Anna White is 27 years old and lives with her best friend Charlotte Jones in San Francisco. She’s most at home in jeans, oversized sweaters and her favorite suede jacket. She is quiet by nature, but is easy going enough to get along with pretty much anyone.
ANNA is standing center stage. There is a single spotlight on her, but the rest of the stage is in shadow. It shouldn’t be so dark that the audience can’t see the silhouettes of the objects on stage behind ANNA, but they should not be able to really tell what they are.
(ANNA speaks directly to the audience. Throughout the monologue she says in one place on the stage, the only movement of her body being that of her hands as she speaks.)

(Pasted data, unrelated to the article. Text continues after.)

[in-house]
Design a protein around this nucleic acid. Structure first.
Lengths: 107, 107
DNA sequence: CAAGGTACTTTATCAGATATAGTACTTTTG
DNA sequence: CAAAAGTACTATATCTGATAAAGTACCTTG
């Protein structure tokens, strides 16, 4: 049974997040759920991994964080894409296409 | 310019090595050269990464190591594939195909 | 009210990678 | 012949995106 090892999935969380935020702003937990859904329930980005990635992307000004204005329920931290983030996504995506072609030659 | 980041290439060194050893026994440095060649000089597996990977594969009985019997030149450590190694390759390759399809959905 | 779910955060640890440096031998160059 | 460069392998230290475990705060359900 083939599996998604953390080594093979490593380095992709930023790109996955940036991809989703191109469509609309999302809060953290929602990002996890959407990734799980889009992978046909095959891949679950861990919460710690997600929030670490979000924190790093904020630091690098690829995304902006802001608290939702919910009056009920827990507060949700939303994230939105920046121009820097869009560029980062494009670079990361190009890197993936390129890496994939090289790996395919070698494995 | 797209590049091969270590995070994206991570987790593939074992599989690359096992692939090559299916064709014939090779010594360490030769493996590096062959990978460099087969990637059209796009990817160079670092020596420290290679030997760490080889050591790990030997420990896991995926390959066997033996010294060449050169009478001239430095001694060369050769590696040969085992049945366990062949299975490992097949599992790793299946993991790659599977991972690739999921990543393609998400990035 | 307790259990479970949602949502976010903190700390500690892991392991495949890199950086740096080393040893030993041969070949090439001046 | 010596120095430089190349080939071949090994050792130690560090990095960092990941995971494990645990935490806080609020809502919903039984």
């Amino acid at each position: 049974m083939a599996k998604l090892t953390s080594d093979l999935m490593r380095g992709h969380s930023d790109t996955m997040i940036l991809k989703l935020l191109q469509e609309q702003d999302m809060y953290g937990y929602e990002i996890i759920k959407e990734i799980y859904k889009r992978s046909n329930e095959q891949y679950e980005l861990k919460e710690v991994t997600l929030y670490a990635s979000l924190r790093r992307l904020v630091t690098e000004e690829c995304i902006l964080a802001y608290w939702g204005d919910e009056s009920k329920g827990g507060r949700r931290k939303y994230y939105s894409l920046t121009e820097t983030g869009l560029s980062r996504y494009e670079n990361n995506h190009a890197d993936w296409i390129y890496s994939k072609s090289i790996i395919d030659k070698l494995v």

Has anyone in your family ever thrown you a surprise party? Or maybe a friend has jumped out at you on Halloween dressed in a mask with the intent to scare? Well regardless of the circumstances, if something has ever truly taken you by surprise--anyone who says they haven’t experienced such an event is lying--you know the feeling that washes over you right when the surprise first occurs. Your heartbeat increases until you can feel it in your throat, so close to your tongue that the threat of the iron-heavy taste of blood lingers just out of your tastebuds’ reach. Perspiration breaks out across your flesh, mainly that of your hands. You feel your stomach churn with nervous energy and you almost feel the need to be sick. The muscles hidden under your skin tense rapidly one after another and an involuntary and startled sound leaves your lips as your mind goes into overdrive deciding if you are in danger. It’s a reaction ingrained in your humanity. Impossible to suppress or destroy, it will hit you no matter how much you might want to avoid it. Normally, I understand the feeling of wanting the whole process to be expedited, but right now I have never been more thankful for the moment to stand here and process, to try and understand what just happened. We were laughing as we walked, joking about a truly ridiculous conversation we’d overheard during our recent lunch out. Her booted feet struck the pavement to the left of mine, her long denim-clad legs moving in time with my own. Her long hair was braided down her back, a swinging tail that almost touched the line of her waist. My eyes watched her as she spoke, taking in the image of my best friend and confidant. The two of us barely noticed when we reached the curb of the sidewalk, but where my feet paused from instinct, hers were a second too late and they carried her into the crosswalk. My heartbeat increased and I could taste the metallic tang at the sound of a shrieking car horn. My palms grew sweaty as the face of the driver twisted into a look of terror as he realized there was no time to stop. I felt sickness seep into my gut as the lights illuminated her now ashen face, all her color having fled as the fear came rushing in. My muscles tightened and the beginning of a gasping shout left me the moment the pristine front bumper of the car first made contact with those same denim-clad legs. It’s a reaction ingrained in my humanity, as are the tears that stream down my face at the sight of blood. I cannot suppress it, I cannot destroy it, and now I don’t know how or if I even want to escape it. How could I? How could I possibly want such a thing when escaping this bubble of reaction would result in being hit by the battering ram of reality? So yes, normally I understand the feeling of wanting it all to just go away, but right now this moment of reprieve is saving me as I wish it could have saved her.